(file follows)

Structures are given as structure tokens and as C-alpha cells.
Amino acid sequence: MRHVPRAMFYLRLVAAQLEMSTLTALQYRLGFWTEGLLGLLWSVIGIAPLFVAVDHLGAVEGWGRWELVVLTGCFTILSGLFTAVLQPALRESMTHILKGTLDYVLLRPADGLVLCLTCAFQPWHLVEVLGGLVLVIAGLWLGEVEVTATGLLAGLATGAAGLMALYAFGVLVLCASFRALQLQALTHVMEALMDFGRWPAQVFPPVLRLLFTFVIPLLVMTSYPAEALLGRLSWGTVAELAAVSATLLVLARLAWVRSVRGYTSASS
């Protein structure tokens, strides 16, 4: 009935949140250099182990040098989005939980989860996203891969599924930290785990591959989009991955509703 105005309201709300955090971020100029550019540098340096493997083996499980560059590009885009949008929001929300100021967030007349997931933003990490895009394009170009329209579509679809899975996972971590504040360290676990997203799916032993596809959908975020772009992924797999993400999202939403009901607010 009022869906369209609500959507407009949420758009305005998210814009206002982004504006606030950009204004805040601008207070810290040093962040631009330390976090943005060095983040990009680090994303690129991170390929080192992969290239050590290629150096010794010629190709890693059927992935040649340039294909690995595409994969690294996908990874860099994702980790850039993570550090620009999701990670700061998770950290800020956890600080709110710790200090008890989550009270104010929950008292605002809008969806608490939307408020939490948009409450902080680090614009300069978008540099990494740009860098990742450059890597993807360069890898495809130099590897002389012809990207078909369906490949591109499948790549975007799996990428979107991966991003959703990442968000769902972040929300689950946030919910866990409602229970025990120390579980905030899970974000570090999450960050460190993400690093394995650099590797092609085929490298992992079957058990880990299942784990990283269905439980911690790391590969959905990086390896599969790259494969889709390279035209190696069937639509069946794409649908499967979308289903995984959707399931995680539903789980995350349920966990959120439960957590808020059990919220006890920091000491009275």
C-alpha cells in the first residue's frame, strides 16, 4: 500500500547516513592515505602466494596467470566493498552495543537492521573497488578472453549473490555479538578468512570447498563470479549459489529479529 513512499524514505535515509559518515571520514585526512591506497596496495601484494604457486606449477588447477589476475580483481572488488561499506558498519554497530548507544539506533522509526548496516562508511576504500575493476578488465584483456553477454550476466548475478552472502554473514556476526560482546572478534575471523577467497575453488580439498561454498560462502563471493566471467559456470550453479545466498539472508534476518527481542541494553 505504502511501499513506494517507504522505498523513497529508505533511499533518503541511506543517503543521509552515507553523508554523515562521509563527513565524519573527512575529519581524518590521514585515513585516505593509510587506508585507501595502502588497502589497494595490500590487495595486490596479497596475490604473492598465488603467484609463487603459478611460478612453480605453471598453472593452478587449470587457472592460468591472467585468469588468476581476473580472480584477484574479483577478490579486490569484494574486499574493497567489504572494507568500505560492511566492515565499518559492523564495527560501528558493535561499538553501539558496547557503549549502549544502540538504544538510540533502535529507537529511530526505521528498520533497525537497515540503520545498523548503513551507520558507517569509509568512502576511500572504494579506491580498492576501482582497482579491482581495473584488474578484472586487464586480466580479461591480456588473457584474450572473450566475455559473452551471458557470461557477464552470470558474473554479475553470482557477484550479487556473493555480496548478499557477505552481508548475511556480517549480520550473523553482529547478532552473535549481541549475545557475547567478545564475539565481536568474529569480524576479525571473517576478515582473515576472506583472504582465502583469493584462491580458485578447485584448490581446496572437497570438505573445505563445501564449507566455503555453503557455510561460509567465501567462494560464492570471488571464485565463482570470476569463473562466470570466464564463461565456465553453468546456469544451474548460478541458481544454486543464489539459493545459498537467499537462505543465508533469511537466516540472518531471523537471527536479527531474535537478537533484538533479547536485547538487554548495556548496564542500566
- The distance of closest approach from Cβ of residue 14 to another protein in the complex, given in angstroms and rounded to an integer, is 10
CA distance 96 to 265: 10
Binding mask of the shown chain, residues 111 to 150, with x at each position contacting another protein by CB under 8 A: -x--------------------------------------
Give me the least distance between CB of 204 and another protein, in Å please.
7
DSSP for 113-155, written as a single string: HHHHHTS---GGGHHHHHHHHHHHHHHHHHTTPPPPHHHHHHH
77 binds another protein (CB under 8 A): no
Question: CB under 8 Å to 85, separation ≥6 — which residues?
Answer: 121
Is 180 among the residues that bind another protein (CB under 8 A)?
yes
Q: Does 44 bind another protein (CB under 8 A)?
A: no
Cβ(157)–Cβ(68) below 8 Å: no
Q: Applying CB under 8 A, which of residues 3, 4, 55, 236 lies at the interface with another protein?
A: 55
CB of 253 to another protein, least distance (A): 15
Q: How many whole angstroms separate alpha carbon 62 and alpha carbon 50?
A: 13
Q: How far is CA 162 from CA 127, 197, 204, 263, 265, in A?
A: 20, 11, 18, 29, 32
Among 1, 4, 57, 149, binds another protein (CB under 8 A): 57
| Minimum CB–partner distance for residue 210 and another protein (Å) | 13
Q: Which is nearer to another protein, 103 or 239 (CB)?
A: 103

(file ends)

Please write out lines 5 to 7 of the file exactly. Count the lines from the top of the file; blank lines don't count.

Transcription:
- The distance of closest approach from Cβ of residue 14 to another protein in the complex, given in angstroms and rounded to an integer, is 10
CA distance 96 to 265: 10
Binding mask of the shown chain, residues 111 to 150, with x at each position contacting another protein by CB under 8 A: -x--------------------------------------